HOLYOKE — As World Mental Health Day was recognized last week, Holyoke Community College (HCC) announced it has joined the JED Campus network in support of student well-being and mental health.
JED Campus is a nationwide initiative of the New York-based JED Foundation designed to help schools evaluate and strengthen their mental-health, substance-misuse, and suicide-prevention programs and systems to ensure that schools have the strongest possible mental-health safety nets.
HCC was also one of six schools nationwide selected for an inaugural scholarship from the JED Foundation to strengthen student-support programs promoting mental-health awareness and suicide prevention.
“This is a critical time for young people in our nation as they cope with the current pandemic, ongoing issues around racial equity, and the regular pressures of transitioning into adulthood,” said John MacPhee, executive director and CEO of the JED Foundation. “We believe that working with high schools, colleges, and universities to invest in real-life systems that strengthen mental-health safety nets and foster a community of caring for students is more important than ever. By joining JED Campus, HCC is demonstrating a commitment to the emotional well-being of its students.”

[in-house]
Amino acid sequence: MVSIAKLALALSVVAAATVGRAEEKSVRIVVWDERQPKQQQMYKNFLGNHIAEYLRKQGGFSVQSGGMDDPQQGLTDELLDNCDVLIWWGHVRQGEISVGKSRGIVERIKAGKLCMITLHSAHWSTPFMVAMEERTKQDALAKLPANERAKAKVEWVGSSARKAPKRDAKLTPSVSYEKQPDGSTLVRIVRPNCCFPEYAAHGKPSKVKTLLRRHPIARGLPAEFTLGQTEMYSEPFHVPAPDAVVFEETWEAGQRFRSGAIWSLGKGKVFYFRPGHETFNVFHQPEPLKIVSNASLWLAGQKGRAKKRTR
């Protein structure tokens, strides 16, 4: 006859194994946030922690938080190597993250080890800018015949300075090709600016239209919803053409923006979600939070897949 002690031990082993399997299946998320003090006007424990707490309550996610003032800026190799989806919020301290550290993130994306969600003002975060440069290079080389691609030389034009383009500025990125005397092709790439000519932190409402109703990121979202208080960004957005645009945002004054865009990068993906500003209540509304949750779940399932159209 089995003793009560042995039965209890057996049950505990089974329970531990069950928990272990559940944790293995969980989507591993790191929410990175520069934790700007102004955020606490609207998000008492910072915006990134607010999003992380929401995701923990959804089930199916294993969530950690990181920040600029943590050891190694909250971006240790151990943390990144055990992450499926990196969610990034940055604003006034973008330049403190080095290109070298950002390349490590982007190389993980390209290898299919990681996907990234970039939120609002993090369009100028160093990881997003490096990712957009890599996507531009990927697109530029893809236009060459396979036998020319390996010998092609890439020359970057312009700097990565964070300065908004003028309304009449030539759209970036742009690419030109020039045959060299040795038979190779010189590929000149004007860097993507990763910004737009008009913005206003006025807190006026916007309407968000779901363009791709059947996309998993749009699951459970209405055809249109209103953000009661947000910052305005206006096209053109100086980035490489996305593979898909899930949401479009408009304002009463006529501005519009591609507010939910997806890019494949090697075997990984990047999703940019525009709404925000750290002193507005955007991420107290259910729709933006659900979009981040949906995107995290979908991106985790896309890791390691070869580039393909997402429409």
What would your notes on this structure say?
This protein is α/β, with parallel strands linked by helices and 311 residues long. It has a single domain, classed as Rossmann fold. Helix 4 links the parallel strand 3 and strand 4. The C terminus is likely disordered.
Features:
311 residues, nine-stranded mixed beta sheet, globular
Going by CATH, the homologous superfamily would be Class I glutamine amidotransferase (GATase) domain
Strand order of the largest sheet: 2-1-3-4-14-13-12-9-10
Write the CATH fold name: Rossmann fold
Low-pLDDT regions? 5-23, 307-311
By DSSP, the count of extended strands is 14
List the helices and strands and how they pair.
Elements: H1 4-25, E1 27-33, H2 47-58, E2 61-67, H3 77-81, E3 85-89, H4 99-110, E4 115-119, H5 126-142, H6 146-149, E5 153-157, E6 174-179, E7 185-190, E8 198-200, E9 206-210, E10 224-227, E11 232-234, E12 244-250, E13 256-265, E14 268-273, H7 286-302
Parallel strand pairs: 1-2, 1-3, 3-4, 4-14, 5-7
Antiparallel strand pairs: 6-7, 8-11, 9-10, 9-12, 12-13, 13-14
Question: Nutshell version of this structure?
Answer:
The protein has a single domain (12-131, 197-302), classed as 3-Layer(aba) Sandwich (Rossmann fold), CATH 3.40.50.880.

JED campuses embark on a multi-year strategic collaboration that not only assesses and enhances the work already being done, but also helps create positive, lasting, systemic change in the campus community. JED Campus advisors work closely with these schools through a collaborative process of comprehensive systems, programs, and policy assessment with customized support to build upon each institution’s existing structures.
HCC’s JED Campus team includes students, faculty, and staff. The $20,000 scholarship will remediate a large portion of the JED Campus fees.
“Mental-health concerns continue to rise among young people and college students, particularly now as we remain in the throes of a pandemic,” said Rachel Rubinstein, HCC vice president of Academic and Student Affairs. “As a Hispanic-serving institution, with students who are predominantly first-generation, low-income, or people of color, our students are particularly vulnerable to the health and economic effects of the pandemic, and the mental health of our regional communities is of profound concern to us. The foundation’s gift, along with the expertise and guidance of JED advisors, will help us make the sustainable change that is needed to support our students’ well-being and success.”